Honeycutt followed that intuition even farther. The music scene in Orlando is cool, but limited, at least in regards to how often musicians pursue their craft seriously there. Honeycutt started a booking collective, Ugly Orange, which organizes concerts and commissions artists to do visual art, typically an installation, for each concert. She worked on poster artwork. She recorded her whole album. But she couldn’t find a good job, her bandmates constantly rotated, and the motivation felt dull. After scoring a job teaching music and art to kindergartners in Cambridge, she decided to move to Boston.
“I was hearing about the music scene here in Boston, and everyone I looked up sounded so cool. As soon as I moved, I found a new band immediately,” she says. “I remember listening to the Birthing Hips record specifically and thinking, ‘Damn. This is something really unique and exciting to hear.’ It’s funny because they wound up being one of my earliest Boston shows at a warehouse type of space. I went up to them afterwards and was gushing. I talked to their drummer Owen, and they wound up being my drummer for the first several months I was here, and having them interested in being in my band was totally surreal.”
Baby! as a band is often in flux. Though Honeycutt tries to keep the members consistent, touring schedules and life often split her backing musicians up. She met each of her bandmates through quintessential Boston means. Ari, her bassist, met her at a house show. Chad, who recorded guitar on Baby!’s excellent Pick Me EP from this year, reached out after Honeycutt posted a flyer in Berklee’s Anime Club, an intentional placement to avoid Berklee bros. Chris, her current drummer, had written about the EP for SlyVinyl. Though other bandmates have come and gone, Honeycutt doesn’t pass them off, nor does she overlook their help in the live setting and beyond.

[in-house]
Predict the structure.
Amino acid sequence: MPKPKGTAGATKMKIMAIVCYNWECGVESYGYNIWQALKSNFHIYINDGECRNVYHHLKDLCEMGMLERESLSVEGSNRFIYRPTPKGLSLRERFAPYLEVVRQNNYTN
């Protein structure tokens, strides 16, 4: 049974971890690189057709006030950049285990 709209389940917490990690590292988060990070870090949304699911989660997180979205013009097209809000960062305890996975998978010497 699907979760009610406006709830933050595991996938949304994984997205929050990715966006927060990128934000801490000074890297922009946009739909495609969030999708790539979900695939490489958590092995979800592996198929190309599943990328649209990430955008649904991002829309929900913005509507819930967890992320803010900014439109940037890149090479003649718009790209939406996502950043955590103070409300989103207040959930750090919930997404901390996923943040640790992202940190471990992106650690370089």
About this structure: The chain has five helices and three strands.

“I didn’t know anyone in Florida who was actually pursuing music full time, so I’ve been so lucky to be here in this city. I get to be friends with such great bands, people who have incredible work ethic, and see how they do things. I feel very inspired by everybody,” she says. “My bassist Ari in particular. She’s super serious and very hardworking, but finds it very important to relax, have fun, and not take yourself too seriously. I definitely got hit with the reality that I have to work my ass off, but I met someone who showed me the ropes, which includes taking it easy on yourself sometimes.”
Honeycutt lives in a co-op where there’s a giant living room table. Most days, it’s covered in work. There’s a laptop where she’s editing a music video, a utility knife at the other corner where she’s carving the lineout cut for a new T-shirt design, markers sprawled across as she draws a poster for the show, and the dates written out nearby. She can’t help but juggle it all. She’s a creatively driven person who doesn’t just do these things because she has to. She does them because she wants to. The rigid caliber of expectations of Boston’s culture also extends to its art, and those expectations are addictive.
“It’s the norm to be in multiple projects, to tour with multiple bands, and make zines or a music video for your friend here in Boston. It’s not like people here are goofing off. They’re doing really cool stuff, and it’s super inspiring,” she says. “So I’m a fucking nobody band, but I come after work every day, stay in, and do all of this.”
All that’s left now is to tighten Baby!’s live sound. Honeycutt keeps focusing on improving her sound in any setting, so that no matter what the venue she’s in she feels comfortable with how Baby! sounds. Luckily, Boston has a lot of varied venues, and the only way to get better playing live is by playing live. It’s a learn-as-you-go process. Though Baby!’s record release show this Wednesday at the Middle East Upstairs should imply she’s got a lot to learn, one listen to her debut LP is enough to show she’s already miles ahead of the rest of the game—say, the 1,300 miles from Orlando to Boston—but hey, we’re not picky.
BABY!, PEAER, NOX, STRANGE MANGERS. WED 8.30. MIDDLE EAST UPSTAIRS, 472 MASS. AVE., CAMBRIDGE. 7PM/18+/$10. MIDEASTOFFERS.COM